Critical Software was hired by AgustaWestland to update DGS, an application used by the Royal Danish Air Force to monitor the health and usage of its EH-101 Merlin helicopter fleet. The purpose of this update is to make the aplication work with their new maintenance management system. This project consists of developing the library responsible for the communication with the new system usingWeb Services, called SOAP Adaptor, also supporting the use of a local database, without changing the way DGS works. Also included in the project is an application, SOAP Client, whose purpose is to test the communication library and to create the local database, populating it with data retrieved from the maintenance management system.

The project was developed on top of the .NET platform, in C#, using Microsoft Visual C# 2008. Due to its interface designer, this greatly simplified the development of SOAP Client's graphical interface. The project's outputs were tested using the acceptance tests specified for the previous version of DGS, ensuring its functionality remains unchanged. Since the SOAP Client was more of a support tool than a formal project deliverable, it was tested informally during the project's development.

The project developed at a good pace in spite of a minor delay entering the test phase. This, however, did not affect the final deadline. It was concluded that a Service-Oriented Architecture is a good way to achieve systems integration and that Web Services are a good technology to implement this type of architecture. This is mainly because Web Services do not bring any new technologies into the arena, using instead existing and proven technologies to achieve a new goal. In spite of this, Web Services are not the definitive solution for integration problems. This was demonstrated by the fact that some changes were necessary for the developed library to be able to interact with the client's Web Service, which was supported by BEA WebLogic, a J2EE application server. The SOAP Client application turned out to be extremely useful to test for flaws in the developed code as well as in the Web Service itself. Using only DGS, these flaws would have been very difficult to track down.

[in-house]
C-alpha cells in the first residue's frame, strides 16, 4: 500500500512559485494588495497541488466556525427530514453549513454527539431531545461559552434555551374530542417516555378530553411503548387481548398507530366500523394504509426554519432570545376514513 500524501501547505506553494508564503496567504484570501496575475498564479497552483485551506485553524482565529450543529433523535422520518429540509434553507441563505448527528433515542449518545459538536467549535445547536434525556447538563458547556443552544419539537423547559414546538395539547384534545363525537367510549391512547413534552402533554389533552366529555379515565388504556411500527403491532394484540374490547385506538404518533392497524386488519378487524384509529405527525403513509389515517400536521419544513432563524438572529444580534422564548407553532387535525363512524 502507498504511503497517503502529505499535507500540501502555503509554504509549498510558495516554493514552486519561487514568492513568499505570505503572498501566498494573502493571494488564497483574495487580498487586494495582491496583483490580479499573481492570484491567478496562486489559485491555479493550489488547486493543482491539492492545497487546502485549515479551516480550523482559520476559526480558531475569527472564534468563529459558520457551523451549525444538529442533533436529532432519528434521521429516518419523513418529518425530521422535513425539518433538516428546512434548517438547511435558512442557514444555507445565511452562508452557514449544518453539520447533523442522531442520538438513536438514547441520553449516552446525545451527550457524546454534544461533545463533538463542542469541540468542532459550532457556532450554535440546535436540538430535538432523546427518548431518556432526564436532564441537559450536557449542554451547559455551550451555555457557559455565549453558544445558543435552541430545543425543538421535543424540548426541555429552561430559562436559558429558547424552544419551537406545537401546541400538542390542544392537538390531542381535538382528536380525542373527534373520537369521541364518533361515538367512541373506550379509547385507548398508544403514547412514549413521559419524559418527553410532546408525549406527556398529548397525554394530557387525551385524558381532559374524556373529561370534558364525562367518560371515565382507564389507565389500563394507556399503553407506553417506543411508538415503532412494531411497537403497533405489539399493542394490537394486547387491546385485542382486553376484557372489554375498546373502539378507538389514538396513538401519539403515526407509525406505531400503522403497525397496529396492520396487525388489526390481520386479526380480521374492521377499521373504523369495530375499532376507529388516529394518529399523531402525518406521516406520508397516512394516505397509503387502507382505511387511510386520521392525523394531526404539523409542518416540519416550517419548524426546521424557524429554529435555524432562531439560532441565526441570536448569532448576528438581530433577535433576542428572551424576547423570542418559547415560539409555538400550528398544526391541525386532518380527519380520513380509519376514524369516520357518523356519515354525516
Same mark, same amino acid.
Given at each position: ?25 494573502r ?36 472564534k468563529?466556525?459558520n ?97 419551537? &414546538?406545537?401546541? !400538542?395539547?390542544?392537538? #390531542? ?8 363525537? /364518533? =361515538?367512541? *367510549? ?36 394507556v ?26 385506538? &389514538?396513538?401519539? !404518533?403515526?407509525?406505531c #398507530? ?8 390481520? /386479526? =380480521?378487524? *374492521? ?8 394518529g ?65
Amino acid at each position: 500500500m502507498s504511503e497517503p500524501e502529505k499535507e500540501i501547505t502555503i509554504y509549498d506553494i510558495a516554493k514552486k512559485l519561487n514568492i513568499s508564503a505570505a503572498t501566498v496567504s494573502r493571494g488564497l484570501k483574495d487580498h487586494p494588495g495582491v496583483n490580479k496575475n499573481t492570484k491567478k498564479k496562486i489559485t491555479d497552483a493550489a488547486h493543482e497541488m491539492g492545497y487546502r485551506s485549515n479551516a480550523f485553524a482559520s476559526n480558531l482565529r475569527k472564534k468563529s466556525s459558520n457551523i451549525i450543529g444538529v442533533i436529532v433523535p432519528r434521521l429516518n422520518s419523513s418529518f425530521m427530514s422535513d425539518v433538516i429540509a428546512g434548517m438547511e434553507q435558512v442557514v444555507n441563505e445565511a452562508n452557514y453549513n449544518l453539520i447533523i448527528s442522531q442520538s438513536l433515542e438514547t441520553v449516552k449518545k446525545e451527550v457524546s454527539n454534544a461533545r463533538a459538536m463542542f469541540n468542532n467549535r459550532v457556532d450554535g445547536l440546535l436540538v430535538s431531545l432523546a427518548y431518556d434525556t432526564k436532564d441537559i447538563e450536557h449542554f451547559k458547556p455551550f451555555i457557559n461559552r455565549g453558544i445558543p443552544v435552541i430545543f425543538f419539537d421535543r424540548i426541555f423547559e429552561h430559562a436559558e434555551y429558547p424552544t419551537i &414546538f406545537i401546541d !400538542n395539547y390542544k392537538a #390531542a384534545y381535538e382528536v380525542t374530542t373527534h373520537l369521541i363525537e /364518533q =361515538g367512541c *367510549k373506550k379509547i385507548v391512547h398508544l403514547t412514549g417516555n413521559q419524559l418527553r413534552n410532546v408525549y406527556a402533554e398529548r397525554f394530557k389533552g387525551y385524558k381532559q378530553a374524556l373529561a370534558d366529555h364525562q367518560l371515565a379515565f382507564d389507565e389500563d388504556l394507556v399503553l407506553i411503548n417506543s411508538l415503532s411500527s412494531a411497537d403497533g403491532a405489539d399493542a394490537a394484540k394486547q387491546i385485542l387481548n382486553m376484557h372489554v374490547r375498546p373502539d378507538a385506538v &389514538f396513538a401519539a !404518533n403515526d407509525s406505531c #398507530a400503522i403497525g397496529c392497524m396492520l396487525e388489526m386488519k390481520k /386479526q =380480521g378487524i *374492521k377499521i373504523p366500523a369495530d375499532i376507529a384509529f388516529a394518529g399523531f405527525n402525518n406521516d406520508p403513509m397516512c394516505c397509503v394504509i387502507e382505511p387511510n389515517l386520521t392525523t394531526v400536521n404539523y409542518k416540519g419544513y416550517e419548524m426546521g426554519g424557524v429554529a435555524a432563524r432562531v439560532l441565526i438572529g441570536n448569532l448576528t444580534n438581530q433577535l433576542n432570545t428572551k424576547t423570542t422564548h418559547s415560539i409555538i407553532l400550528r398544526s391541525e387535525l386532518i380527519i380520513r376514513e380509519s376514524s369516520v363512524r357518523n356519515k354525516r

In terms of future work, there are two possible approaches. One is to experiment with the use of REST instead of SOAP as the Web Service's message exchange protocol. REST looks promissing especially because of its performance gains and the simplicity of the code required. The other possibility is redesigning the local database's schema. By eliminating some data redundancy, a number of operations would be simplified, with a likely improvement in performance.